Dearest monks, artists, and pilgrims,
In the Celtic Wheel of the Year, today is the feast of Beltaine and the very start of summer. This is an excerpt from our online self-study retreat Sacred Seasons: A Yearlong Journey through the Celtic Wheel of the Year (click link for details and registration):
Beltaine (which means bright fire) is another of the cross-quarter days, representing the mid-point between the vernal equinox and the summer solstice and it is often experienced at the height of spring. In Ireland it is considered to be the beginning of summer and the beginning of the light half of the year. We can feel the significant shift in light at this latitude and the days are becoming significantly longer. Temperatures are warmer. Flowering has come to its fullness. Birds are singing in full chorus.
In Ireland the cuckoo birds start arriving from their winter in Africa, and there are music and walking festivals named after its return. The power of nature’s life force returning is celebrated. Two fires were lit and the sheep and cattle were brought to the summer pastures. It is a fire festival of fertility and garlands of flowers are made up in honor of the creative abundance beginning to stream forth from the land.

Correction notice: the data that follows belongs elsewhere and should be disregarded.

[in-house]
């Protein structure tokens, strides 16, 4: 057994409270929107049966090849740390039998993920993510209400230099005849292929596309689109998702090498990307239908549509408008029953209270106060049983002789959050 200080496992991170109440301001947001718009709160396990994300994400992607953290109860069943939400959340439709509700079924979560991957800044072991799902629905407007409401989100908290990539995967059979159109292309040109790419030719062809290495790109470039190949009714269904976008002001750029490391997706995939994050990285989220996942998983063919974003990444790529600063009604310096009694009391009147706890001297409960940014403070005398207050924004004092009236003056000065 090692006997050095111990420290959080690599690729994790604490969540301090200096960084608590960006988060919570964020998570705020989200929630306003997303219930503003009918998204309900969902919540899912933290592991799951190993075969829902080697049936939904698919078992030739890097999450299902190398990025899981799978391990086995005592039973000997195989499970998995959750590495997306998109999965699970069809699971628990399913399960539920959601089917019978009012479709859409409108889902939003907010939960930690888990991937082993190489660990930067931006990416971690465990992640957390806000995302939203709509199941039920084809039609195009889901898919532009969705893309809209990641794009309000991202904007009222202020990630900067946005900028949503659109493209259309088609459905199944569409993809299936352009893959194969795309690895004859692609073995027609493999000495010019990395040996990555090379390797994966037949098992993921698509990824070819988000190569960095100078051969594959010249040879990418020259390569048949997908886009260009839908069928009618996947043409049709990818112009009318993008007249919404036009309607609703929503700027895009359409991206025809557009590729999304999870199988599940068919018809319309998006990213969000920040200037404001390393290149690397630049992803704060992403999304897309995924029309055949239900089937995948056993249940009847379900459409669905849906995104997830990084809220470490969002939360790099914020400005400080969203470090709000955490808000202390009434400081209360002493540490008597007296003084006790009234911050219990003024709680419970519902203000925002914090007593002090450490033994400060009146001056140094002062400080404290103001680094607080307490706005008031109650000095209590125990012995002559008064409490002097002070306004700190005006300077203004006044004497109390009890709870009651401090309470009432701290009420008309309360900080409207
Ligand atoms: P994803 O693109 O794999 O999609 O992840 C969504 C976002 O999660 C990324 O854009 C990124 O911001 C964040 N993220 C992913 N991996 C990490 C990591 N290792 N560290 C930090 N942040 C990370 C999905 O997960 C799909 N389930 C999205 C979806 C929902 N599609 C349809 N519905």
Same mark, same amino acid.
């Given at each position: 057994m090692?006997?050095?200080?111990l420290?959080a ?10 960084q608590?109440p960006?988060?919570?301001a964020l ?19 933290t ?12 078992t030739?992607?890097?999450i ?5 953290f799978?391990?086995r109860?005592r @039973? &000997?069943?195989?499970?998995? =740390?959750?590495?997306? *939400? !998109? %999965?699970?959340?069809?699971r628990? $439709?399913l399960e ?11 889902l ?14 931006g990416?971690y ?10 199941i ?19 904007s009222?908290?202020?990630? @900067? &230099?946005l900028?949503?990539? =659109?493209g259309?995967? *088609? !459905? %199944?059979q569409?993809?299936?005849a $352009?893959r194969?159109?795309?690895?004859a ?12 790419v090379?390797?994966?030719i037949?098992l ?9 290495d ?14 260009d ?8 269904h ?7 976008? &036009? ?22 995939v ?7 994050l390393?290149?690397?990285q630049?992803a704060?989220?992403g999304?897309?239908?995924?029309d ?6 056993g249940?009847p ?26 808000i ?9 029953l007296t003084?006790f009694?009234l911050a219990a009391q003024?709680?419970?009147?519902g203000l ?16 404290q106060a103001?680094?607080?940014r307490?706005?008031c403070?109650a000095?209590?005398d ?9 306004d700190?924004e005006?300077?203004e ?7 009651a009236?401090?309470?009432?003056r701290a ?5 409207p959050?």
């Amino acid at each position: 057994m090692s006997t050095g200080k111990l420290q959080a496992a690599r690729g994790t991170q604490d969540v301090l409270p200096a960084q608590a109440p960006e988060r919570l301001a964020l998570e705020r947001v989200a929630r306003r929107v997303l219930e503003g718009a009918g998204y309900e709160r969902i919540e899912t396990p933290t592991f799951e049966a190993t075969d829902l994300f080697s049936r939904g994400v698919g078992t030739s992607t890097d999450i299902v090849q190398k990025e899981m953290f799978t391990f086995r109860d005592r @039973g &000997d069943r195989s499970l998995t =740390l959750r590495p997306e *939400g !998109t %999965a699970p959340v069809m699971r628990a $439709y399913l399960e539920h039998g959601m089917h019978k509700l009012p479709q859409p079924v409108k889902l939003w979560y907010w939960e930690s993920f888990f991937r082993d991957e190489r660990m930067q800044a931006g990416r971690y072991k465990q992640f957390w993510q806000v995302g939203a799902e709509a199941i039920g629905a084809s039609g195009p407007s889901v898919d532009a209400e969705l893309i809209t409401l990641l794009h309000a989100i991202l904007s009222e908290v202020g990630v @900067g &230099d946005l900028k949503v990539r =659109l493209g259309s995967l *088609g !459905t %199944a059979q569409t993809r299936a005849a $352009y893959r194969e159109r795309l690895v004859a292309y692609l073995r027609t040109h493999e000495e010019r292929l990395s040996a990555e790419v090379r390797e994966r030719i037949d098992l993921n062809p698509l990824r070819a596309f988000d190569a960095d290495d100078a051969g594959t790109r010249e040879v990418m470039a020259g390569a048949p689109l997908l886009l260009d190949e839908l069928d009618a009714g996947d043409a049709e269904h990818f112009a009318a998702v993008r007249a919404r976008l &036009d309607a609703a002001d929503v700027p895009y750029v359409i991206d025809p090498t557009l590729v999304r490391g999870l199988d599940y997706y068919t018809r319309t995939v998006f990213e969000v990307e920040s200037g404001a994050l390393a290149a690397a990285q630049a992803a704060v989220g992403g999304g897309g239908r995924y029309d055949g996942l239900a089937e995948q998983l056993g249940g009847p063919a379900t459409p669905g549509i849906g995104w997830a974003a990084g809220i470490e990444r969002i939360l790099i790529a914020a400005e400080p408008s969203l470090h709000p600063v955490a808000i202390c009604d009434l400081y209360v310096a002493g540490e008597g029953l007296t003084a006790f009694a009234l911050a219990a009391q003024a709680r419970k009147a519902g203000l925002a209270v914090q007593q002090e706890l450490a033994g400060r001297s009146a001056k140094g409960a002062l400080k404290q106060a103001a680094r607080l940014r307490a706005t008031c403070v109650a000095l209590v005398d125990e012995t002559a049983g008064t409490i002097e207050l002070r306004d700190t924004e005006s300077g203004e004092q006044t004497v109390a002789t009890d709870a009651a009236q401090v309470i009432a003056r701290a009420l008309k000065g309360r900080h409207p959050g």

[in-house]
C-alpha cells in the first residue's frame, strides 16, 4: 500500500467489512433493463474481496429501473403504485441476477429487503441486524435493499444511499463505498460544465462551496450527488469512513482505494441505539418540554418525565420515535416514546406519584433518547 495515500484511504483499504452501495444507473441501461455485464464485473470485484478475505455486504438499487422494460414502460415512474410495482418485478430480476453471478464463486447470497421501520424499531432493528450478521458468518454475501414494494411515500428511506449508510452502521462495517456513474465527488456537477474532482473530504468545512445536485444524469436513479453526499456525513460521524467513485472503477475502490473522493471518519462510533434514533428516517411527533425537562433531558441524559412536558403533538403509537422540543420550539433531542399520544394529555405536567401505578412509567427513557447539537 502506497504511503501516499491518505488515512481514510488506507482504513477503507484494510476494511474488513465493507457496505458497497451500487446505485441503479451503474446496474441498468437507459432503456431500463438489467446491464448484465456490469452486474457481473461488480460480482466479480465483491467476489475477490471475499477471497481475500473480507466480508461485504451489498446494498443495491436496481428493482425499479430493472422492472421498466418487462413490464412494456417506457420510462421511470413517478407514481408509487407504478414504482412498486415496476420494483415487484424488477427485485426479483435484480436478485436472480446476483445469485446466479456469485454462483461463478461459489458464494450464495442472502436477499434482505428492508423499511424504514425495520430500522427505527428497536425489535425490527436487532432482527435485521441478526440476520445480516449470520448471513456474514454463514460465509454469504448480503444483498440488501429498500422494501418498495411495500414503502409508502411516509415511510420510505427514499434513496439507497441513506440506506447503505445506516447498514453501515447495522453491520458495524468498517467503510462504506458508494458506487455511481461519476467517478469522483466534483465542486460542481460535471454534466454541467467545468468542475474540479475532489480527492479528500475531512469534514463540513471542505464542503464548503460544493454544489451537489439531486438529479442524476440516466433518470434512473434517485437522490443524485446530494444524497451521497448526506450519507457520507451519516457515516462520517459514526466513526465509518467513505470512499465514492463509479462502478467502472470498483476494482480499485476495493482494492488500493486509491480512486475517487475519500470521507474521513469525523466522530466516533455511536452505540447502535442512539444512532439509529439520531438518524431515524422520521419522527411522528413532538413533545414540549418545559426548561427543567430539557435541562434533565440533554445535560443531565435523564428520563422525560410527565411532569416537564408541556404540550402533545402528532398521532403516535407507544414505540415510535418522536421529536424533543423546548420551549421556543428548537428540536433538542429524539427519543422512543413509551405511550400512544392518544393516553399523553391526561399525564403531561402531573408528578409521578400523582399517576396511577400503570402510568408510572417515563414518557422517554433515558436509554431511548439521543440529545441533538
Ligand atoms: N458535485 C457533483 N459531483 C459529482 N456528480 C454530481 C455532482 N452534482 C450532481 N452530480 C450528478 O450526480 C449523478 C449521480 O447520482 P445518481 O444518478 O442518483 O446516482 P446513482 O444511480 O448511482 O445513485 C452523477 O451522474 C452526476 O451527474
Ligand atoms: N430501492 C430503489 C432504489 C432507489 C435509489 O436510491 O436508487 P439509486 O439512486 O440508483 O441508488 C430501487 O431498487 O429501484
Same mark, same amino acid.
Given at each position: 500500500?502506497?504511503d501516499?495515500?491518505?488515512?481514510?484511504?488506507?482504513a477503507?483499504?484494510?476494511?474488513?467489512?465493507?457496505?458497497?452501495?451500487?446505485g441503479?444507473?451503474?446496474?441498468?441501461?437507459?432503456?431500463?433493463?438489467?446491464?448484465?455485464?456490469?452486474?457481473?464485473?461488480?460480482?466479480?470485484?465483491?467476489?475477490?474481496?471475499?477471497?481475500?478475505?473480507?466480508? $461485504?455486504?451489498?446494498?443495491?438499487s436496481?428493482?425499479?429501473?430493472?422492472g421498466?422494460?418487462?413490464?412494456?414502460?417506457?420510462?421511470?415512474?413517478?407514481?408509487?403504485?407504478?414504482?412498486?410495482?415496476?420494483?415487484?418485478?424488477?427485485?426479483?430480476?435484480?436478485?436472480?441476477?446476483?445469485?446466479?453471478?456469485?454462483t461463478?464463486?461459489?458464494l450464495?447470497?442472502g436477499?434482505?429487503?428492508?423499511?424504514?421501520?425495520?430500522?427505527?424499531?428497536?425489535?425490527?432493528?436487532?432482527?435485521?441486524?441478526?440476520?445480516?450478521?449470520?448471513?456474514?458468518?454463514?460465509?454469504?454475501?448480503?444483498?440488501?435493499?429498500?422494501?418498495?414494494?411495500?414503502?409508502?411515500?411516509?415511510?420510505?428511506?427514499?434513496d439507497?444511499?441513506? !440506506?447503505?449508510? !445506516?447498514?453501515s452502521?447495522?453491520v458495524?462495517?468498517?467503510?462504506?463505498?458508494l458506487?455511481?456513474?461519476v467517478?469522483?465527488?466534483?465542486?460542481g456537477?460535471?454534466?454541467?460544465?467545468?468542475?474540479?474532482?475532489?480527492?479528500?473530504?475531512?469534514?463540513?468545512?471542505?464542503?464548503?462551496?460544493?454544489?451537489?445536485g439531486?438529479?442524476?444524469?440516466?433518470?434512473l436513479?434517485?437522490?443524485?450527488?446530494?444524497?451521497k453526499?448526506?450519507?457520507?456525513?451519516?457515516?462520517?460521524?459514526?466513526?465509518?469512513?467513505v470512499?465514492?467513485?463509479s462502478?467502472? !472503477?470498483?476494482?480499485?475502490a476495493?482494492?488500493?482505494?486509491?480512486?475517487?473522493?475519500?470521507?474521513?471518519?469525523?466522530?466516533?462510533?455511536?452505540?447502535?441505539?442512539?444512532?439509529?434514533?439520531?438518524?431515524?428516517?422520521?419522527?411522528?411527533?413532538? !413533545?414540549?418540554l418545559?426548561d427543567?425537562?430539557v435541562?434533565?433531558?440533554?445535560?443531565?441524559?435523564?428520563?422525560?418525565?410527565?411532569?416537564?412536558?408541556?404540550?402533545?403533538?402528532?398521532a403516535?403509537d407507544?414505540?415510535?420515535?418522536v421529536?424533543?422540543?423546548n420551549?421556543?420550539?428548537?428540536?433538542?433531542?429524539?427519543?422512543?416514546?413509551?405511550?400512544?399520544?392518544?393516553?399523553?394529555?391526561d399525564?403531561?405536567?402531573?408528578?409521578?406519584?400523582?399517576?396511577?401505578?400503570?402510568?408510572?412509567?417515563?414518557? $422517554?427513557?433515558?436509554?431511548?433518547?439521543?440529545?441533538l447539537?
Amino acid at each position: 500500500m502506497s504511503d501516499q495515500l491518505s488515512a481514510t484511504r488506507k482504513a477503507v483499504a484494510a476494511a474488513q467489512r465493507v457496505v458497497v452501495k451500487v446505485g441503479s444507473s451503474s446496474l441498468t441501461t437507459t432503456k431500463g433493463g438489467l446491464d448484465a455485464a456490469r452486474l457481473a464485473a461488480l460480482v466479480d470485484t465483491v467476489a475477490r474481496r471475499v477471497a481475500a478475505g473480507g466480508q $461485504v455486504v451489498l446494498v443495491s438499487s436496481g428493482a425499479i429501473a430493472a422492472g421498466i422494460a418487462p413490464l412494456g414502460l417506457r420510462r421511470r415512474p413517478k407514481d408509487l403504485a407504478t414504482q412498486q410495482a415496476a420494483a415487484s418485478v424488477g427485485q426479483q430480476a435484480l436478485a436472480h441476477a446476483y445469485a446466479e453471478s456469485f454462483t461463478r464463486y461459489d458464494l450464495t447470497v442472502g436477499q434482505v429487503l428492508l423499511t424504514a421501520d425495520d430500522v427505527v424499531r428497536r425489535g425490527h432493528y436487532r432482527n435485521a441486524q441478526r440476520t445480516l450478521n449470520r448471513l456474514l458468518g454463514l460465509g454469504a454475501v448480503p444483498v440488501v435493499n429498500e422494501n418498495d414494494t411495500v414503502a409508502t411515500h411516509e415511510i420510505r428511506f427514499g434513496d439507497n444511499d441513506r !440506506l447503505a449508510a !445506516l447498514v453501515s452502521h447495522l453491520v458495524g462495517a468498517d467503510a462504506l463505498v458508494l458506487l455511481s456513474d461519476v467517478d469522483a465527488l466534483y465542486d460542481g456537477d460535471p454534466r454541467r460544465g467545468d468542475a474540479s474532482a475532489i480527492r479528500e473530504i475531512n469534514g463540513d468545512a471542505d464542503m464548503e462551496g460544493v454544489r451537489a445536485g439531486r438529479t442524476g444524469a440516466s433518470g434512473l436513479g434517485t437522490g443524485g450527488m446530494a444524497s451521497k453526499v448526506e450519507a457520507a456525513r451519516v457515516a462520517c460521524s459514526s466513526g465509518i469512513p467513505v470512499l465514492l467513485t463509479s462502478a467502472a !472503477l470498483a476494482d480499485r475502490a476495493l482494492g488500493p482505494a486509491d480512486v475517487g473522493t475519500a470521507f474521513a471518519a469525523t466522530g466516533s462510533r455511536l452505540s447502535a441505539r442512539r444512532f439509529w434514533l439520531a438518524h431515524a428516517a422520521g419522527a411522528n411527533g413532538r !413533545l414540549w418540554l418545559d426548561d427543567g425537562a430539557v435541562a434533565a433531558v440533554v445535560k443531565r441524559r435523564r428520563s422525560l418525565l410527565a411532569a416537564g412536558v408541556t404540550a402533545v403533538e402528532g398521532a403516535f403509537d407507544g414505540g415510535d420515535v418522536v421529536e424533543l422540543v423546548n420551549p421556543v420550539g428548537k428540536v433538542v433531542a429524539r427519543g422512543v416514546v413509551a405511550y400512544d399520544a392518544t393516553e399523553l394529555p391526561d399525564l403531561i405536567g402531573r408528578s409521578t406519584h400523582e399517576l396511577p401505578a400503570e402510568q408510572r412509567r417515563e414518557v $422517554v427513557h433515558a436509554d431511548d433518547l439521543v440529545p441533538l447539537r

The theme of Beltane is union of male of female energies to increase this fertility. Couples would go off into the woods to gather flowers the night before and return with hair and clothes rumpled. Upon their return at dawn, they would scatter flowers on the doorways and windowsills as blessing.
This time of year celebrates the rising sap, the fruitfulness of the earth and human beings, and all in the process of ripening toward fullness. We honor the life force at work in the world around us and within us.
A well-known tradition is the Maypole with ribbons and streamers and dancing around it which often ended with a great banquet. The dew of May was thought to hold special properties. Women would bathe in it to renew their complexions. Men would wash their hands in it to increase their skills. Many would walk barefoot in it or roll in the wet grass for healing.
People would go to holy wells and walk the rounds, bless themselves with the water from the well, and hang a strip of their clothing or a ribbon on the tree.
As the growth cycle turns toward summer, this feast calls us to engage in our creative power and ignite the sparks of our life force seeking expression in the world
Join our Sacred Seasons online program for a mini-retreat exploring Beltaine including music, dance, creative expression, contemplation, and reflection on the Christian connections with this feast including May as the month of Mary and the celebration of Pentecost.
Stop by Patheos for my next reflection in the series of Practicing Resurrection where I explore love and peace as holy directions.
With great and growing love,
Christine Valters Paintner, PhD, REACE
Photo © Christine Valters Paintner